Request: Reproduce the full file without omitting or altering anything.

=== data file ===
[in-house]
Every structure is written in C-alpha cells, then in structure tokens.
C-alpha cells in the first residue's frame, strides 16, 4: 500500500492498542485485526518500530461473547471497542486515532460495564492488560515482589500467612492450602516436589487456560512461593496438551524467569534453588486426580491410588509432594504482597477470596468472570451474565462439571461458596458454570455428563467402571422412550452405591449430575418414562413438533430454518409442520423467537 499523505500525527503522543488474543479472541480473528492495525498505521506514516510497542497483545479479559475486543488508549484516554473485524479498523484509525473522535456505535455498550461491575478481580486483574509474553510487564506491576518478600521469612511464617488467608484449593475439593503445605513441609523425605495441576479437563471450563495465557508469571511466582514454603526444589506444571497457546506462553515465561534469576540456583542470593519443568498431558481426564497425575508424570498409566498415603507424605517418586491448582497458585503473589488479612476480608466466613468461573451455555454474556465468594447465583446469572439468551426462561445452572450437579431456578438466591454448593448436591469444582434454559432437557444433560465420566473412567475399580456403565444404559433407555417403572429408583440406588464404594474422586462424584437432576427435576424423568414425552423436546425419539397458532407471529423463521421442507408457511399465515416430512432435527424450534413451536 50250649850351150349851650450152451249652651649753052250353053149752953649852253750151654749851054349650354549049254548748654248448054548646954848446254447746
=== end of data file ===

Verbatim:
[in-house]
Every structure is written in C-alpha cells, then in structure tokens.
C-alpha cells in the first residue's frame, strides 16, 4: 500500500492498542485485526518500530461473547471497542486515532460495564492488560515482589500467612492450602516436589487456560512461593496438551524467569534453588486426580491410588509432594504482597477470596468472570451474565462439571461458596458454570455428563467402571422412550452405591449430575418414562413438533430454518409442520423467537 499523505500525527503522543488474543479472541480473528492495525498505521506514516510497542497483545479479559475486543488508549484516554473485524479498523484509525473522535456505535455498550461491575478481580486483574509474553510487564506491576518478600521469612511464617488467608484449593475439593503445605513441609523425605495441576479437563471450563495465557508469571511466582514454603526444589506444571497457546506462553515465561534469576540456583542470593519443568498431558481426564497425575508424570498409566498415603507424605517418586491448582497458585503473589488479612476480608466466613468461573451455555454474556465468594447465583446469572439468551426462561445452572450437579431456578438466591454448593448436591469444582434454559432437557444433560465420566473412567475399580456403565444404559433407555417403572429408583440406588464404594474422586462424584437432576427435576424423568414425552423436546425419539397458532407471529423463521421442507408457511399465515416430512432435527424450534413451536 50250649850351150349851650450152451249652651649753052250353053149752953649852253750151654749851054349650354549049254548748654248448054548646954848446254447746